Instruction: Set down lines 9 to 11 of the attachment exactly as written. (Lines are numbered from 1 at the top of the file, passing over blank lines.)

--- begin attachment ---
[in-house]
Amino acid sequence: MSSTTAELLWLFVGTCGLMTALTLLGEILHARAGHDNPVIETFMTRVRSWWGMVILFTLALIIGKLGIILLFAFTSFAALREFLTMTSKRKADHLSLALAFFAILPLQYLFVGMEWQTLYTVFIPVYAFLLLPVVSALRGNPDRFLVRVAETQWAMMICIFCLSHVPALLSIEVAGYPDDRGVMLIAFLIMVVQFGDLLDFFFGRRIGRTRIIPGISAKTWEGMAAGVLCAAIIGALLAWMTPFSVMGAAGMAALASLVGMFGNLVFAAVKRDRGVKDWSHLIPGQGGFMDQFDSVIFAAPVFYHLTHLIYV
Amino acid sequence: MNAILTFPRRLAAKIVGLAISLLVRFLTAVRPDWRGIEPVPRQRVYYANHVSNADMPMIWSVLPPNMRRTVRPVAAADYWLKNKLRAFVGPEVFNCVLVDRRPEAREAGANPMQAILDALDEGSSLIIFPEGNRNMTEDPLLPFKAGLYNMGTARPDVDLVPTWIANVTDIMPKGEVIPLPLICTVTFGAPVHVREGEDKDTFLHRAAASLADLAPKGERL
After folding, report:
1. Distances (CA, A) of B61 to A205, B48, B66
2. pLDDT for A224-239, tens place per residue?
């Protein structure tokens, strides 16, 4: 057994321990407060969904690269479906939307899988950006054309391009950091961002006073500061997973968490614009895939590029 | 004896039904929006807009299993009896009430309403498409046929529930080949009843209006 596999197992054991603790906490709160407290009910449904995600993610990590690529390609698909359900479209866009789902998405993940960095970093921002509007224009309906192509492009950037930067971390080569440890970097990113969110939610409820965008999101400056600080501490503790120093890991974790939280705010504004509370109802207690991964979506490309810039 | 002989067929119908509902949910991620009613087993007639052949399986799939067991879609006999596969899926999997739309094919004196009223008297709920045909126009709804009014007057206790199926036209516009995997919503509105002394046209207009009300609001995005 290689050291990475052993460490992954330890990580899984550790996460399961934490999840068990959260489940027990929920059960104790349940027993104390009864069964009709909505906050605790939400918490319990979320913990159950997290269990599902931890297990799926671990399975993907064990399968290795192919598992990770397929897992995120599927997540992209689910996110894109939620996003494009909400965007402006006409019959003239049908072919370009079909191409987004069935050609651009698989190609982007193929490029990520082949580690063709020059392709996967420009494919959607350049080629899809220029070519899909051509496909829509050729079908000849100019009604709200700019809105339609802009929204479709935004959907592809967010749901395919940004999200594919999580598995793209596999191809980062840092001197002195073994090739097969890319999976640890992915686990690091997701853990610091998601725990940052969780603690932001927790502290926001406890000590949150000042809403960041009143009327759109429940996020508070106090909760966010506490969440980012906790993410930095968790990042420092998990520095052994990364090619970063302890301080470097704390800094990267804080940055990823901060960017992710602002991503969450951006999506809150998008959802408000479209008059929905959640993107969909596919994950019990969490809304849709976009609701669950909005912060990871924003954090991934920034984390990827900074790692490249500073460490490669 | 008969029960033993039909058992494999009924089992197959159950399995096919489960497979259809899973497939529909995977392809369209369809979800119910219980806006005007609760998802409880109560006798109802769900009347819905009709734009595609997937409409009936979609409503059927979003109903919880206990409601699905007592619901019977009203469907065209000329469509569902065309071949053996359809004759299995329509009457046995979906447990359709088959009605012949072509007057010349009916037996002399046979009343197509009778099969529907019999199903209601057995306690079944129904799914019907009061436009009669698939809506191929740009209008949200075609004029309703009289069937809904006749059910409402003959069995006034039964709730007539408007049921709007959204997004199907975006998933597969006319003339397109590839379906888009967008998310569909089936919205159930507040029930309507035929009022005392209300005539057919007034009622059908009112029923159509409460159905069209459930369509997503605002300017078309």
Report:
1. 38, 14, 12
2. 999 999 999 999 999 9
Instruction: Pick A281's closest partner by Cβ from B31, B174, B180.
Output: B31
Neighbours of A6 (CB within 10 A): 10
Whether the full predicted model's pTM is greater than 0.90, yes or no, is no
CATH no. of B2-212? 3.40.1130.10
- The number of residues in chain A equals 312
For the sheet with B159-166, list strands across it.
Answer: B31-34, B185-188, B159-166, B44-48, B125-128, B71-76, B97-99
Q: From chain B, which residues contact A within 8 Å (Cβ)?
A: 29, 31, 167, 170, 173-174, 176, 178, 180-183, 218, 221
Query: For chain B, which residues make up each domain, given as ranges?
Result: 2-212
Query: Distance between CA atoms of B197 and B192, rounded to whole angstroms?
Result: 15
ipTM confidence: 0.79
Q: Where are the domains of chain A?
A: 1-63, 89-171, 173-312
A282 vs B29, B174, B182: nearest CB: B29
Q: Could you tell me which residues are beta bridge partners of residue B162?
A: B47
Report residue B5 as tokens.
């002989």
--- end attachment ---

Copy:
1. 38, 14, 12
2. 999 999 999 999 999 9
Instruction: Pick A281's closest partner by Cβ from B31, B174, B180.